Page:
American Institute of Biological Sciences

Public Release: 20-Jan-2015
Nature Genetics
Harnessing data from Nature's great evolutionary experiment
Researchers at CSHL have developed a new computational method to identify which letters in the human genome are functionally important. Their computer program, called fitCons, harnesses the power of evolution, comparing changes in DNA letters across not just related species, but also between multiple individuals in a single species. The results provide a surprising picture of just how little of our genome has been 'conserved' by Nature.
National Institutes of Health, David and Lucile Packard Fellowship, Cornell Center for Comparative and Population Genomics

Contact: Jaclyn Jansen
Cold Spring Harbor Laboratory

Public Release: 20-Jan-2015
Applications in Plant Sciences
Mapping the maize genome
Maize is one of the most important cereal crops in the world. The complete genome of maize has been sequenced, but its size and complexity presents a challenge to researchers seeking to identify specific genes responsible for traits. Positional cloning has been used successfully in smaller genomes; researchers have applied this mapping technique to the maize genome and have published their protocol -- the first detailed step-by-step protocol on positional cloning -- in Applications in Plant Sciences.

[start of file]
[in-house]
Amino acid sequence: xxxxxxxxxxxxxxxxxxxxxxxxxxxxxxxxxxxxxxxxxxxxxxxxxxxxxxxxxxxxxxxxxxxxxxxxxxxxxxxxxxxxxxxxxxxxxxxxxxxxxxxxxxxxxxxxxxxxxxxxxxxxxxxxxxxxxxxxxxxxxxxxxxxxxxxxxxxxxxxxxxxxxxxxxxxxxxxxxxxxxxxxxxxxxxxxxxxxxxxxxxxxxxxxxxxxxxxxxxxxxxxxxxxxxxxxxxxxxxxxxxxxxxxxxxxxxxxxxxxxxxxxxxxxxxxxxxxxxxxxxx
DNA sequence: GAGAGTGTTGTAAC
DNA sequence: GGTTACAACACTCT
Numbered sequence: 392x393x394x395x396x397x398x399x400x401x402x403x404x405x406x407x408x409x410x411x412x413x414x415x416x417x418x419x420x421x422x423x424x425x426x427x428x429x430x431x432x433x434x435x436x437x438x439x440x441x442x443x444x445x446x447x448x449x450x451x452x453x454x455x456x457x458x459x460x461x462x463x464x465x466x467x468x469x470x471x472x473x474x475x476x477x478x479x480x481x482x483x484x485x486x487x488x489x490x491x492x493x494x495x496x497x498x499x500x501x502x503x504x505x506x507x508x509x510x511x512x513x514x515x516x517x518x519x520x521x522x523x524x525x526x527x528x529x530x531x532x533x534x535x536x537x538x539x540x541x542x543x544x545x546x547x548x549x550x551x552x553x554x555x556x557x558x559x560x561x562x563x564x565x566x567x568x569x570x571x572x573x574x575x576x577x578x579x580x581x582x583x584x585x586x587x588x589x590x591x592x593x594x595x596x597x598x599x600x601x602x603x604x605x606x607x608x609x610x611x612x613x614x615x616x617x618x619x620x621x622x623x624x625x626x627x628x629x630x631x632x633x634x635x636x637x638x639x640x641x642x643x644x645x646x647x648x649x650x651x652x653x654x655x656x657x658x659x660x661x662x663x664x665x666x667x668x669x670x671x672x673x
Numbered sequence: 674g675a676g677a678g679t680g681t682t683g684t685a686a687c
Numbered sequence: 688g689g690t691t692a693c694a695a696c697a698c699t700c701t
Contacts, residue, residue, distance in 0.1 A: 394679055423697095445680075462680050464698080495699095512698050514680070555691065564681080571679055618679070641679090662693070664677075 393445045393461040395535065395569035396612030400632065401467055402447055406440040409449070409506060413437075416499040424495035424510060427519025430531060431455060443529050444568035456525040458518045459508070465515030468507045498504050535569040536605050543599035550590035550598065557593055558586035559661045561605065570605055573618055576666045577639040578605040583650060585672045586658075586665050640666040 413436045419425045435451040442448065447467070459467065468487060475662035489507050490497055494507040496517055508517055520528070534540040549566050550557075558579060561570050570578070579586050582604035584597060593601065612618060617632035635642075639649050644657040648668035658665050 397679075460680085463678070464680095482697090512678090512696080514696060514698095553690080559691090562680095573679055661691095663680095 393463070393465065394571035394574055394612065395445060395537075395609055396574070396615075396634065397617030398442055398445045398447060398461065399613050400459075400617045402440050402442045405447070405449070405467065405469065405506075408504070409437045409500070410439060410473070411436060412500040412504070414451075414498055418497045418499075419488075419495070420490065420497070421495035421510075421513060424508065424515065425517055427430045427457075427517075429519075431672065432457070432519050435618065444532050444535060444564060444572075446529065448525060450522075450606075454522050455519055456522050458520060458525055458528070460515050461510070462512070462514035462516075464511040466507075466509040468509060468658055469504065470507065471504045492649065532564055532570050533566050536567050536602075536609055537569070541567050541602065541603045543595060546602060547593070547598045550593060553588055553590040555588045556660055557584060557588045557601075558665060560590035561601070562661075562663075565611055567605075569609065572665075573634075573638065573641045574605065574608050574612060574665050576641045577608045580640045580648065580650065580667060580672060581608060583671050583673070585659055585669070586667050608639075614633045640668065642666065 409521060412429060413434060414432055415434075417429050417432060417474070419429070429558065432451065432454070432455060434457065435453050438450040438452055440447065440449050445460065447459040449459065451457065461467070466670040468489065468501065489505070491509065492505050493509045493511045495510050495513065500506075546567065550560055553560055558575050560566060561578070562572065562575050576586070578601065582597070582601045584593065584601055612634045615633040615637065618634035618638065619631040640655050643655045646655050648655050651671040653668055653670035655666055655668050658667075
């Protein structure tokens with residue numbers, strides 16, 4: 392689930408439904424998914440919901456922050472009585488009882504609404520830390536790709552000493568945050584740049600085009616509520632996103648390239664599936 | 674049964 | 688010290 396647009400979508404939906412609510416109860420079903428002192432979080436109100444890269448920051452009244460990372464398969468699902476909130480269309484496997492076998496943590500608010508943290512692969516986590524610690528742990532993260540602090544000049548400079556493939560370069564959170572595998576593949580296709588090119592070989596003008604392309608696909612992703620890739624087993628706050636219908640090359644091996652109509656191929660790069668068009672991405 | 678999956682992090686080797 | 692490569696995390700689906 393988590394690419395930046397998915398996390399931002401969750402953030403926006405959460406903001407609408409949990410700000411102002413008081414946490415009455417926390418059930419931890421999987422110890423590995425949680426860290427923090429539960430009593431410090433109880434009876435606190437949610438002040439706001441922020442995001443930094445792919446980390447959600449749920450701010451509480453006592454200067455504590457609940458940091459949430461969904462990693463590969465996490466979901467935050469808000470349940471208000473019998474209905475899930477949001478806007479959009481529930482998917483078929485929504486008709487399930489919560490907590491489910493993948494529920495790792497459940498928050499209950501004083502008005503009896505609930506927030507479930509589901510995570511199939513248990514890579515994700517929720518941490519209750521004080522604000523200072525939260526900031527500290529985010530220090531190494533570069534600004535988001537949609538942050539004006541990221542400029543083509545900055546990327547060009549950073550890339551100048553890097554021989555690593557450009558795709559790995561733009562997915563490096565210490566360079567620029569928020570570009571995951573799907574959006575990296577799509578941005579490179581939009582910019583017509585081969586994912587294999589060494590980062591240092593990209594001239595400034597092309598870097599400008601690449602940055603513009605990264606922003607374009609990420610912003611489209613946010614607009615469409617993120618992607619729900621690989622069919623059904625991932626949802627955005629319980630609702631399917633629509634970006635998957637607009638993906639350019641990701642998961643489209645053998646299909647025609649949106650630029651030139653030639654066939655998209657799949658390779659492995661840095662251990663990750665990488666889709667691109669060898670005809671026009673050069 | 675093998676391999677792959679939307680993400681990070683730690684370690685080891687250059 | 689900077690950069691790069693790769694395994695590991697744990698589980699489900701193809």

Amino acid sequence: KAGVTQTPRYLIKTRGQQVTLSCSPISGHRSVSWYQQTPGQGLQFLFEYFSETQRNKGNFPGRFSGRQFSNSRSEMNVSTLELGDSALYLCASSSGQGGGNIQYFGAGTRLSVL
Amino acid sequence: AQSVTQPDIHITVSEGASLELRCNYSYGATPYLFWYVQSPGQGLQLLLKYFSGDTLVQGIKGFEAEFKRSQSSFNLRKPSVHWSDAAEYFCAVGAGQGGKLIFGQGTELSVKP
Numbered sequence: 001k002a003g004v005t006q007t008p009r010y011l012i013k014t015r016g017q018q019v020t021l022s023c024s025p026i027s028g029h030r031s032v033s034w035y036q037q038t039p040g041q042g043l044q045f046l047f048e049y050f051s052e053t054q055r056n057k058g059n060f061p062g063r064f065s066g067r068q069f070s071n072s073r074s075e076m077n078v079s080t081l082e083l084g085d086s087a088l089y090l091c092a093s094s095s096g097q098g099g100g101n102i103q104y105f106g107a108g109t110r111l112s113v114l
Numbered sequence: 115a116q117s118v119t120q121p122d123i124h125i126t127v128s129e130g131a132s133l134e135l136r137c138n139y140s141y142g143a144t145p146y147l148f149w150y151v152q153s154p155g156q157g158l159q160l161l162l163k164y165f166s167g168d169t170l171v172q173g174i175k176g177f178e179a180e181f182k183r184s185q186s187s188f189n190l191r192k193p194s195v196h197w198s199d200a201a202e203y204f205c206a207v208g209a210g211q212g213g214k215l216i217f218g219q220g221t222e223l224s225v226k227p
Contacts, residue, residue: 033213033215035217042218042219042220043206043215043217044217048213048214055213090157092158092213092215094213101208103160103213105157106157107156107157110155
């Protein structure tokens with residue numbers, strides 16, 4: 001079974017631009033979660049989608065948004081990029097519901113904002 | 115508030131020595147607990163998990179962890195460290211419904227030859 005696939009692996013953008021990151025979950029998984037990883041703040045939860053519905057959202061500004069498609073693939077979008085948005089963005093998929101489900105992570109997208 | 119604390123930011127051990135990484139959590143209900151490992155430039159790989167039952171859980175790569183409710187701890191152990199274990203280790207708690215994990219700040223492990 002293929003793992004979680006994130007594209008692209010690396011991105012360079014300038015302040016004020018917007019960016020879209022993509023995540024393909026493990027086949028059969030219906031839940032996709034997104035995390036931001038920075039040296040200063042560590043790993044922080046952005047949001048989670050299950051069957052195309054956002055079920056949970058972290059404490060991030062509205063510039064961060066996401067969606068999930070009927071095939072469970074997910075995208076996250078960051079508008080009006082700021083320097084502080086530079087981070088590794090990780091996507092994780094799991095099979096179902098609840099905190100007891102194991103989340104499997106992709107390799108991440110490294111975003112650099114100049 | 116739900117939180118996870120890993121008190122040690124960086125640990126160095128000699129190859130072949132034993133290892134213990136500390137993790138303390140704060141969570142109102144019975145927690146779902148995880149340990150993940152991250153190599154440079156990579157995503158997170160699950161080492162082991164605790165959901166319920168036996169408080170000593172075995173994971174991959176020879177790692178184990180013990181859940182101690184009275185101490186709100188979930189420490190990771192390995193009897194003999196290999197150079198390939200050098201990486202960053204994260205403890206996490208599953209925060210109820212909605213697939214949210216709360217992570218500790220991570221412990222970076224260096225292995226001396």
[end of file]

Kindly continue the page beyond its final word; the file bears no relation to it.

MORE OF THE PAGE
National Science Foundation

Contact: Beth Parada
Botanical Society of America

Public Release: 19-Jan-2015
Nature Biotechnology
Hidden cell types revealed
A new method improves single-cell genomics analyses. This method clarifies the true differences and similarities between cells by modelling relatedness and removing confounding variables. Scientists can use known molecular pathways to better understand cancer cells, differentiation processes and the pathogenesis of diseases.
European Research Council, European Commission Marie Curie Fellowship, European Molecular Biology Organization

Contact: Mary Todd Bergman
European Molecular Biology Laboratory

Showing releases 376-400 out of 838.

<< < 11 | 12 | 13 | 14 | 15 | 16 | 17 | 18 | 19 | 20 > >>